We are zoomed out in panel 1, where we see a nest of bees conveniently placed to reflect the current subject. The nest and its supporting branch are arranged along an angle that acts as a means for establishing a foreground to symbolically define the location in the panel where the viewer is standing. Well, at least that was often the intention of painters from the Renaissance onward who employed this popular compositional device, often as a means to help “bring the viewer into the picture” as viewer and participant. Phew! Sorry, my former art history days are slipping out again. But seriously, didn’t the nearness of the bee nest make you involuntarily back up a bit, just for a moment?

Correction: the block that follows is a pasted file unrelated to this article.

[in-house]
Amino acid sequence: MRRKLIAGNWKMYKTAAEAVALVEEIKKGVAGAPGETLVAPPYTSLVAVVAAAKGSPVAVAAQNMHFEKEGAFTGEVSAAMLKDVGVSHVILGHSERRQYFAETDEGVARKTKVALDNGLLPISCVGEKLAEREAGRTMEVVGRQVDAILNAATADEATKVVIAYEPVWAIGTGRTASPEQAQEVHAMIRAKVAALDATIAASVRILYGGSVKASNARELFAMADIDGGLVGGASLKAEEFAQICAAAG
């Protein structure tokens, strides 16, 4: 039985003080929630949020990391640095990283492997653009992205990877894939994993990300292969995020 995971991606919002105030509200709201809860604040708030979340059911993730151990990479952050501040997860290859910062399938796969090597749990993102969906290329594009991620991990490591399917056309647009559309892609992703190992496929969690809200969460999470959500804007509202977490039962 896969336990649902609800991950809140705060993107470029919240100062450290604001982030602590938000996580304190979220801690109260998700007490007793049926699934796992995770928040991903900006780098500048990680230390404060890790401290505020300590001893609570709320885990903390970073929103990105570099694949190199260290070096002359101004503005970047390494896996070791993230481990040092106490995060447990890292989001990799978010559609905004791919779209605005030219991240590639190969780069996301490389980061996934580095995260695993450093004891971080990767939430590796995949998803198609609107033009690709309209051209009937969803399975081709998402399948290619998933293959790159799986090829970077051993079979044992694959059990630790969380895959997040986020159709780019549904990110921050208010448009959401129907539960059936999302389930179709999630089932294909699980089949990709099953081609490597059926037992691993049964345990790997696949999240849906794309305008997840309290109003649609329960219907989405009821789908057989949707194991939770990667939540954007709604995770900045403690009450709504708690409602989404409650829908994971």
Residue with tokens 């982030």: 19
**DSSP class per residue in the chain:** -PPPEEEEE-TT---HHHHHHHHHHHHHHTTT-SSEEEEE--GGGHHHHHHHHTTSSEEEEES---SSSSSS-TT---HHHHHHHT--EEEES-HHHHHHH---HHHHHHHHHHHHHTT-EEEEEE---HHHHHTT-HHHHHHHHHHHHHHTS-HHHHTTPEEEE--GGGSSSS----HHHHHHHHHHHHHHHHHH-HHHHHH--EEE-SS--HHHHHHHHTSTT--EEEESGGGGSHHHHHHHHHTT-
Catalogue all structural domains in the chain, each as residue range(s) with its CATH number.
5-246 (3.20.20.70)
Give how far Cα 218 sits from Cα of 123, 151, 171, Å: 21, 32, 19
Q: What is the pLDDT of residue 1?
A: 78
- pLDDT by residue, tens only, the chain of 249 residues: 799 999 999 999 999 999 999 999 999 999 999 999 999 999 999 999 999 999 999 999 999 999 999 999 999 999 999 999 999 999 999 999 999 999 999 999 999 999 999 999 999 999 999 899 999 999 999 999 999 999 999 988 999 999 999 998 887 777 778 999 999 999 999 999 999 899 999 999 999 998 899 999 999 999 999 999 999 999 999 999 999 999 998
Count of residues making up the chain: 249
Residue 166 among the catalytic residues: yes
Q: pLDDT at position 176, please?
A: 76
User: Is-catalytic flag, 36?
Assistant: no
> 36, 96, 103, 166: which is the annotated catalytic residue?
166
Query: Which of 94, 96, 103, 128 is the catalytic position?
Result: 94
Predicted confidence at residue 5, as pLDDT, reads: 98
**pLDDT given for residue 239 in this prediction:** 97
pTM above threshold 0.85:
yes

It didn’t take long for local yokel Ernest to start dropping his “Good ol’ Boy” persona, revealing a more fundamentally chilling personality. The coldness in his expression and his statement in panel 4 should leave little doubt for Cherry and Mark.
Speaking of Cherry, I can’t say I’m impressed with her lukewarm justification for keeping the bees alive. “They help more than harm”? That’s the best you can do, Cherry? You might as well ask Ernest if you can help hold his gear while he exterminates the bees. I hope her underground Garden Club gets the job done.